We also learned a lot about how to approach new programs that are in development for young adults. In partnership with General Motors, MDA introduced the STEM Connections program – a two-part program launched during MDA’s Virtual Summer Camp with a focus on STEM concepts. Each camper designed and built their own car, created a creature with adaptations to live in the wild, made a stylus to work with their cell phone, and engineered a boat to float in the water.

Camper and counselor float in pool with pool noodles

A camper and counselor float in the pool at camp.

This impactful program continued beyond Camp for those who expressed interest in a more intensive learning opportunity, embarking on a four-week mentoring program to learn more about disciplines including mechanical engineering, medicine, computer science, and more.

STEM careers are growing exponentially in the modern workforce, and this program is critical for our young adults looking to their next chapter. Diversity drives innovation, and members of our community have a powerful contribution to make – this program is intended to continue MDA’s tradition of making what once may have seemed impossible, possible and attainable.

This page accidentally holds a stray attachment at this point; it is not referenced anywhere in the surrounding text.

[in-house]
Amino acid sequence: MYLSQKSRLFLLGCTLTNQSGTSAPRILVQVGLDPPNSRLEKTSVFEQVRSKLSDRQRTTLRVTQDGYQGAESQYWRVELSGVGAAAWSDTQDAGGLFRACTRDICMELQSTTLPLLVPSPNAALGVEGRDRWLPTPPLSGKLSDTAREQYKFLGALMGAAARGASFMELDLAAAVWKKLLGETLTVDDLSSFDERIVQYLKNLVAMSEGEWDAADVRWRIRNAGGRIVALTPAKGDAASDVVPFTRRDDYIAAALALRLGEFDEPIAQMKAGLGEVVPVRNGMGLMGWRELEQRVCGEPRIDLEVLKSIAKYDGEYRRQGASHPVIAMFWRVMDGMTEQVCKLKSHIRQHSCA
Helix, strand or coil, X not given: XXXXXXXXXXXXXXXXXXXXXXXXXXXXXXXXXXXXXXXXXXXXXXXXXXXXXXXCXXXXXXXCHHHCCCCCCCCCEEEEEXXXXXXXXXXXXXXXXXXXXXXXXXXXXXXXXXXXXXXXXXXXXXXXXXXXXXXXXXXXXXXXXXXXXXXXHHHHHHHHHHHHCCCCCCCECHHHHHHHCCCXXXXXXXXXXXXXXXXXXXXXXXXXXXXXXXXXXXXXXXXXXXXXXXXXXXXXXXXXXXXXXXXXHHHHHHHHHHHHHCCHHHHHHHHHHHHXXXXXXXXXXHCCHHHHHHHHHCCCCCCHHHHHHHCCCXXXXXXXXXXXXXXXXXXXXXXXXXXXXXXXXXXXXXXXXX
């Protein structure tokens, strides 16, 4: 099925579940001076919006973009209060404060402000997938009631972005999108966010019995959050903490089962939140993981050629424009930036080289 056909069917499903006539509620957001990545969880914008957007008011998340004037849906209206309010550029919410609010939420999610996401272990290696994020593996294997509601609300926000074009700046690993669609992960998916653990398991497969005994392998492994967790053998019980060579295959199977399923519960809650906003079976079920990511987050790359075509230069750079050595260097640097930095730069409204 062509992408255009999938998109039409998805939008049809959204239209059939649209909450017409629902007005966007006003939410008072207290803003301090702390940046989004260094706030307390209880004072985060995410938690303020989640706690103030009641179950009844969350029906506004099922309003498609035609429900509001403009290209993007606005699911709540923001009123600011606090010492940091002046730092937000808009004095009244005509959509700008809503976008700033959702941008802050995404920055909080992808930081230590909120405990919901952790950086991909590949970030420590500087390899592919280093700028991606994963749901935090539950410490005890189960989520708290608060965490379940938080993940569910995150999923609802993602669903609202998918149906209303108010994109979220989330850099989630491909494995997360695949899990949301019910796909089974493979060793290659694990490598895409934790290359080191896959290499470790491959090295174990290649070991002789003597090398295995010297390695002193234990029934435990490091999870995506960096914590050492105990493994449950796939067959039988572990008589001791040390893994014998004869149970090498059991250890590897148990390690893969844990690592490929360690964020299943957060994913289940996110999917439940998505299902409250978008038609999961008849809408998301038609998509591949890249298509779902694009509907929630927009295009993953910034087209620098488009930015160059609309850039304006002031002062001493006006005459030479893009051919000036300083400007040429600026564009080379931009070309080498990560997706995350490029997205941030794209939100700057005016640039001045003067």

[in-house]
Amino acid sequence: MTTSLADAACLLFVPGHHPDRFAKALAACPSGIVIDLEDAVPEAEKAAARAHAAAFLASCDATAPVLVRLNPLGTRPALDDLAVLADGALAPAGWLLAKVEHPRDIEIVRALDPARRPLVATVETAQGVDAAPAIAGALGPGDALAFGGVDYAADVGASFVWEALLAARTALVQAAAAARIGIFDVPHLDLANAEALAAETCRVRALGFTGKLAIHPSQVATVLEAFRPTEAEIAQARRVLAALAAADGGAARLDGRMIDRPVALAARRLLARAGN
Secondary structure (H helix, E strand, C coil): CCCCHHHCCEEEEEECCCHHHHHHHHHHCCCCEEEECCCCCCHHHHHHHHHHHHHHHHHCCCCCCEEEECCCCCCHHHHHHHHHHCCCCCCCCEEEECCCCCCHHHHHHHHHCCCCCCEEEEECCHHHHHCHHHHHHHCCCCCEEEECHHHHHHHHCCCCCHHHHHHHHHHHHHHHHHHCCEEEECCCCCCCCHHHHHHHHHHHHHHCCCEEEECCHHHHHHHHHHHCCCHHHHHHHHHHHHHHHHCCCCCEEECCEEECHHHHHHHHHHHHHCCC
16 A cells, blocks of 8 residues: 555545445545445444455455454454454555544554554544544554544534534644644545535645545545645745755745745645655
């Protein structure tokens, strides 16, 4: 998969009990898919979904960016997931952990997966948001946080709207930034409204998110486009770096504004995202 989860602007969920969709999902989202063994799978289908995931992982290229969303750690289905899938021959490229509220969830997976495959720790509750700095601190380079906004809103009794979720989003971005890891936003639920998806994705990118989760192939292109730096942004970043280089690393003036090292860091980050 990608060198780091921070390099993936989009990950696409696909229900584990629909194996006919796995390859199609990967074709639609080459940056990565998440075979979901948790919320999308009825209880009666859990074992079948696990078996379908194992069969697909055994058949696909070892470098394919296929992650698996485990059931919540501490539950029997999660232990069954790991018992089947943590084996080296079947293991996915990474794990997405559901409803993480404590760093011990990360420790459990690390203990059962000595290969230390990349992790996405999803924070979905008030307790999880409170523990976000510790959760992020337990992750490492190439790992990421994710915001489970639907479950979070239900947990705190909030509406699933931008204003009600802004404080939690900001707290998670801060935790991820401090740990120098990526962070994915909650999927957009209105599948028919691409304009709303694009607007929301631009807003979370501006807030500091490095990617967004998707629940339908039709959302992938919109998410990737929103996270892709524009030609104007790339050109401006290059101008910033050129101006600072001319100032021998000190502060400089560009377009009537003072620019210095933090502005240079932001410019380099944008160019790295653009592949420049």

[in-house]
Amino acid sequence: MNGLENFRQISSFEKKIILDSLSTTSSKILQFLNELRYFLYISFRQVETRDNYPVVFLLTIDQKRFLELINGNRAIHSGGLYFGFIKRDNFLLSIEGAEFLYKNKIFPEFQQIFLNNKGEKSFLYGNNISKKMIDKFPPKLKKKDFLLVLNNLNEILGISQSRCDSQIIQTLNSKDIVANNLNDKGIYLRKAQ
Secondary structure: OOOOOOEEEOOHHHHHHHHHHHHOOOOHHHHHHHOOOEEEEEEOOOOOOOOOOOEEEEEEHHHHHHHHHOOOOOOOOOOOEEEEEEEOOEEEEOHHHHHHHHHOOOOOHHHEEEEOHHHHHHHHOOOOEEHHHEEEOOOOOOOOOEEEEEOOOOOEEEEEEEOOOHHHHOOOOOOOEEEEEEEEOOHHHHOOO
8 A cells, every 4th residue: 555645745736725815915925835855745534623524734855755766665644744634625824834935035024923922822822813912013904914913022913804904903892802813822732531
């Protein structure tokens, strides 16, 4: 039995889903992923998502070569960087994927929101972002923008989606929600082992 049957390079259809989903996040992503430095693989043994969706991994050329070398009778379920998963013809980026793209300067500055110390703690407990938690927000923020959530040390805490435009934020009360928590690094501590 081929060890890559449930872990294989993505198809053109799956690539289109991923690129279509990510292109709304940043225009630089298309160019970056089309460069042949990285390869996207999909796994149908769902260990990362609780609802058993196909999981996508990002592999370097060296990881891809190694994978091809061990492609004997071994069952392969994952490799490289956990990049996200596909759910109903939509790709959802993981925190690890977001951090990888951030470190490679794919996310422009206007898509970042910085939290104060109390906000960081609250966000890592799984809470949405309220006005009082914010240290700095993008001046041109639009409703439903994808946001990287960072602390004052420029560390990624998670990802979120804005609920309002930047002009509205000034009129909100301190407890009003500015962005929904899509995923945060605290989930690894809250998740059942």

It was truly rewarding to provide a positive experience in a way that kept our Campers and community safe. We navigated some big challenges – some we anticipated, and others we didn’t – and through it all, we were able to maintain open, honest, and transparent lines of communications with our community through phone calls, emails, and our dedicated staff at the MDA Resource Center.

We also learned a lot about how to make the program even more impactful, and are optimistic that we will continue to provide and strengthen in-person activities – old favorites and new adventures. We remain committed to hosting “The Best Week of Summer” for our Campers and their families.

Remember – next summer is just around the corner – stay tuned for the opening of registration for 2023 MDA Summer Camp in early January!

Disclaimer: No content on this site should ever be used as a substitute for direct medical advice from your doctor or other qualified clinician.